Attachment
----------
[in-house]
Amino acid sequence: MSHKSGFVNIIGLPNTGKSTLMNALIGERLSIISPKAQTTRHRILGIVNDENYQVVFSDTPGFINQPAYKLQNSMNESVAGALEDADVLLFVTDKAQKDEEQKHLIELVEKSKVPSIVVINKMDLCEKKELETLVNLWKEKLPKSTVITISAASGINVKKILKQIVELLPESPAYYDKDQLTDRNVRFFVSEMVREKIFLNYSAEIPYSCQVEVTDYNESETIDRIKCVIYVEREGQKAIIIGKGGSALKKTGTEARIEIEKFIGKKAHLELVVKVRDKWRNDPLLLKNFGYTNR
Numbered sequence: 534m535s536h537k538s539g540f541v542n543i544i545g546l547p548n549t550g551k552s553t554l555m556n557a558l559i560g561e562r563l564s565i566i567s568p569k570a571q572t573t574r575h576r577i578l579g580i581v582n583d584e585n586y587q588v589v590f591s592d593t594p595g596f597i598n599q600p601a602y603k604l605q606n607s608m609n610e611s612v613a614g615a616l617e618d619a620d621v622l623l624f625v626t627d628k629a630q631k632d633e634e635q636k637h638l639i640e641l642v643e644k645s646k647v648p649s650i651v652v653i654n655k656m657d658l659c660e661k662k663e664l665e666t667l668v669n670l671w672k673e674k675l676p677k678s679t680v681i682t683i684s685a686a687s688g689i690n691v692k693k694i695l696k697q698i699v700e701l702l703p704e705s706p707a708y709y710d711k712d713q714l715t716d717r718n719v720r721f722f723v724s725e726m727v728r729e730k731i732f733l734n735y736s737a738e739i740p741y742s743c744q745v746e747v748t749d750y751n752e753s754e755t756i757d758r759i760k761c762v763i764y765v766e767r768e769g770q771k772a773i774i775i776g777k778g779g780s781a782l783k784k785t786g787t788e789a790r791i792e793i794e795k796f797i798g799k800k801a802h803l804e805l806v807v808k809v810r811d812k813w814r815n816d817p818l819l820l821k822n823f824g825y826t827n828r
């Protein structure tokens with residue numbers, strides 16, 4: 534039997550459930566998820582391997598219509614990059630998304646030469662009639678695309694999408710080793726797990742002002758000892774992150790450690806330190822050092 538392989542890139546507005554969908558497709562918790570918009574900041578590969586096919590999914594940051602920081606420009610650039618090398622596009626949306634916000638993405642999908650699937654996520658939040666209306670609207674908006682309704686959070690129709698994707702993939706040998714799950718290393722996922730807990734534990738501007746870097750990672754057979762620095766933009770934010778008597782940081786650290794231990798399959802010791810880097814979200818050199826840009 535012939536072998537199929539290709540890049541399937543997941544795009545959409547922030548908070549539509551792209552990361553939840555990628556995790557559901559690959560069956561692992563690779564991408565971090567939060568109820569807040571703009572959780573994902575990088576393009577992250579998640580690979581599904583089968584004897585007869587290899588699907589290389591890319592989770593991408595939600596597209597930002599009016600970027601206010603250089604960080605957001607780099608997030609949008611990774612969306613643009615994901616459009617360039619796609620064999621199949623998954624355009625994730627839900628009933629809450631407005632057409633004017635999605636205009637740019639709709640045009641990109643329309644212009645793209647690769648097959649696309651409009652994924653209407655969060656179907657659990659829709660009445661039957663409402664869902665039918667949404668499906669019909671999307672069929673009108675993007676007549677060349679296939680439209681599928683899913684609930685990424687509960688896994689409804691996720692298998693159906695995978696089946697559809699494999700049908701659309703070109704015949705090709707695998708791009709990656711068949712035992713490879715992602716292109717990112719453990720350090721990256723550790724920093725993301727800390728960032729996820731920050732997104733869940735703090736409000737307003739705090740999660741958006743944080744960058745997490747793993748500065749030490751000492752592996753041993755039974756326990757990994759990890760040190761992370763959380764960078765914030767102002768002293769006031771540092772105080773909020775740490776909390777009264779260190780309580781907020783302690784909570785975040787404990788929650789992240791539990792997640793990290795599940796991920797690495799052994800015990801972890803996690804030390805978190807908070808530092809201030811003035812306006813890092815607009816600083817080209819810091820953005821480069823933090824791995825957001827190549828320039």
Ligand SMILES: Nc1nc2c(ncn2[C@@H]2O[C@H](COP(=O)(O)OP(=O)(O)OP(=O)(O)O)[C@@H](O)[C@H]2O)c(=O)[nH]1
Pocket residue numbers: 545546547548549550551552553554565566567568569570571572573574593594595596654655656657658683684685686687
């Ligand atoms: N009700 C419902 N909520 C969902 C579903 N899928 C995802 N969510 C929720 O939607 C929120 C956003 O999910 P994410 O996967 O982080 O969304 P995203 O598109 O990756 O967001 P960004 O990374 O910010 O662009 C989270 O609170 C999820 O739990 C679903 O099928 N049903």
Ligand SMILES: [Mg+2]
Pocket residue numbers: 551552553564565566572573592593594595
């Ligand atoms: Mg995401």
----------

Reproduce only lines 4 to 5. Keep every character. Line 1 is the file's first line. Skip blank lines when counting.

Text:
């Protein structure tokens with residue numbers, strides 16, 4: 534039997550459930566998820582391997598219509614990059630998304646030469662009639678695309694999408710080793726797990742002002758000892774992150790450690806330190822050092 538392989542890139546507005554969908558497709562918790570918009574900041578590969586096919590999914594940051602920081606420009610650039618090398622596009626949306634916000638993405642999908650699937654996520658939040666209306670609207674908006682309704686959070690129709698994707702993939706040998714799950718290393722996922730807990734534990738501007746870097750990672754057979762620095766933009770934010778008597782940081786650290794231990798399959802010791810880097814979200818050199826840009 535012939536072998537199929539290709540890049541399937543997941544795009545959409547922030548908070549539509551792209552990361553939840555990628556995790557559901559690959560069956561692992563690779564991408565971090567939060568109820569807040571703009572959780573994902575990088576393009577992250579998640580690979581599904583089968584004897585007869587290899588699907589290389591890319592989770593991408595939600596597209597930002599009016600970027601206010603250089604960080605957001607780099608997030609949008611990774612969306613643009615994901616459009617360039619796609620064999621199949623998954624355009625994730627839900628009933629809450631407005632057409633004017635999605636205009637740019639709709640045009641990109643329309644212009645793209647690769648097959649696309651409009652994924653209407655969060656179907657659990659829709660009445661039957663409402664869902665039918667949404668499906669019909671999307672069929673009108675993007676007549677060349679296939680439209681599928683899913684609930685990424687509960688896994689409804691996720692298998693159906695995978696089946697559809699494999700049908701659309703070109704015949705090709707695998708791009709990656711068949712035992713490879715992602716292109717990112719453990720350090721990256723550790724920093725993301727800390728960032729996820731920050732997104733869940735703090736409000737307003739705090740999660741958006743944080744960058745997490747793993748500065749030490751000492752592996753041993755039974756326990757990994759990890760040190761992370763959380764960078765914030767102002768002293769006031771540092772105080773909020775740490776909390777009264779260190780309580781907020783302690784909570785975040787404990788929650789992240791539990792997640793990290795599940796991920797690495799052994800015990801972890803996690804030390805978190807908070808530092809201030811003035812306006813890092815607009816600083817080209819810091820953005821480069823933090824791995825957001827190549828320039």
Ligand SMILES: Nc1nc2c(ncn2[C@@H]2O[C@H](COP(=O)(O)OP(=O)(O)OP(=O)(O)O)[C@@H](O)[C@H]2O)c(=O)[nH]1